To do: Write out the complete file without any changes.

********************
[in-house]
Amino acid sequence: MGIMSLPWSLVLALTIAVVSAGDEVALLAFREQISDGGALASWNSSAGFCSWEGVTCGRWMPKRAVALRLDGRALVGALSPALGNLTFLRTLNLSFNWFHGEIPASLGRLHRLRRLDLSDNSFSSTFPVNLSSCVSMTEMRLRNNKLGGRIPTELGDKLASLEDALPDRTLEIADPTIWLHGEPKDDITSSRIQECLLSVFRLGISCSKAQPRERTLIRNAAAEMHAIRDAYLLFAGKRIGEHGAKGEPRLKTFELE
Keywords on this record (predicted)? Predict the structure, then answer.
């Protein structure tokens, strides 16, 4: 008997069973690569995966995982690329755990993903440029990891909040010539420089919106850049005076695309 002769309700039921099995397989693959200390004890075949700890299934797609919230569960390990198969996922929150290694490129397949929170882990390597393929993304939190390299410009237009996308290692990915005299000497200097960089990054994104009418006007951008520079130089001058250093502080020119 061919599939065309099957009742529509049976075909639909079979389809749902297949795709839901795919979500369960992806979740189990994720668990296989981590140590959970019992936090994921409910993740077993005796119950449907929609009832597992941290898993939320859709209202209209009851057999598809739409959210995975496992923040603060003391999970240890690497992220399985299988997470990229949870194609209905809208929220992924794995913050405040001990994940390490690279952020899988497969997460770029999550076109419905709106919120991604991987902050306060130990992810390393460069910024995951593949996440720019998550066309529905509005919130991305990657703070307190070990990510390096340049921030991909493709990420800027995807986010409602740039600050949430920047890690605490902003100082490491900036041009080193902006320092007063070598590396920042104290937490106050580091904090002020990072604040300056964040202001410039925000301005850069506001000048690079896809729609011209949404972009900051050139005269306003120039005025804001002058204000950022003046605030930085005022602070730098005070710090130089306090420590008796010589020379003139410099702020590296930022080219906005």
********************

[in-house]
Amino acid sequence: MGIMSLPWSLVLALTIAVVSAGDEVALLAFREQISDGGALASWNSSAGFCSWEGVTCGRWMPKRAVALRLDGRALVGALSPALGNLTFLRTLNLSFNWFHGEIPASLGRLHRLRRLDLSDNSFSSTFPVNLSSCVSMTEMRLRNNKLGGRIPTELGDKLASLEDALPDRTLEIADPTIWLHGEPKDDITSSRIQECLLSVFRLGISCSKAQPRERTLIRNAAAEMHAIRDAYLLFAGKRIGEHGAKGEPRLKTFELE
Keywords on this record (predicted)? Predict the structure, then answer.
């Protein structure tokens, strides 16, 4: 008997069973690569995966995982690329755990993903440029990891909040010539420089919106850049005076695309 002769309700039921099995397989693959200390004890075949700890299934797609919230569960390990198969996922929150290694490129397949929170882990390597393929993304939190390299410009237009996308290692990915005299000497200097960089990054994104009418006007951008520079130089001058250093502080020119 061919599939065309099957009742529509049976075909639909079979389809749902297949795709839901795919979500369960992806979740189990994720668990296989981590140590959970019992936090994921409910993740077993005796119950449907929609009832597992941290898993939320859709209202209209009851057999598809739409959210995975496992923040603060003391999970240890690497992220399985299988997470990229949870194609209905809208929220992924794995913050405040001990994940390490690279952020899988497969997460770029999550076109419905709106919120991604991987902050306060130990992810390393460069910024995951593949996440720019998550066309529905509005919130991305990657703070307190070990990510390096340049921030991909493709990420800027995807986010409602740039600050949430920047890690605490902003100082490491900036041009080193902006320092007063070598590396920042104290937490106050580091904090002020990072604040300056964040202001410039925000301005850069506001000048690079896809729609011209949404972009900051050139005269306003120039005025804001002058204000950022003046605030930085005022602070730098005070710090130089306090420590008796010589020379003139410099702020590296930022080219906005």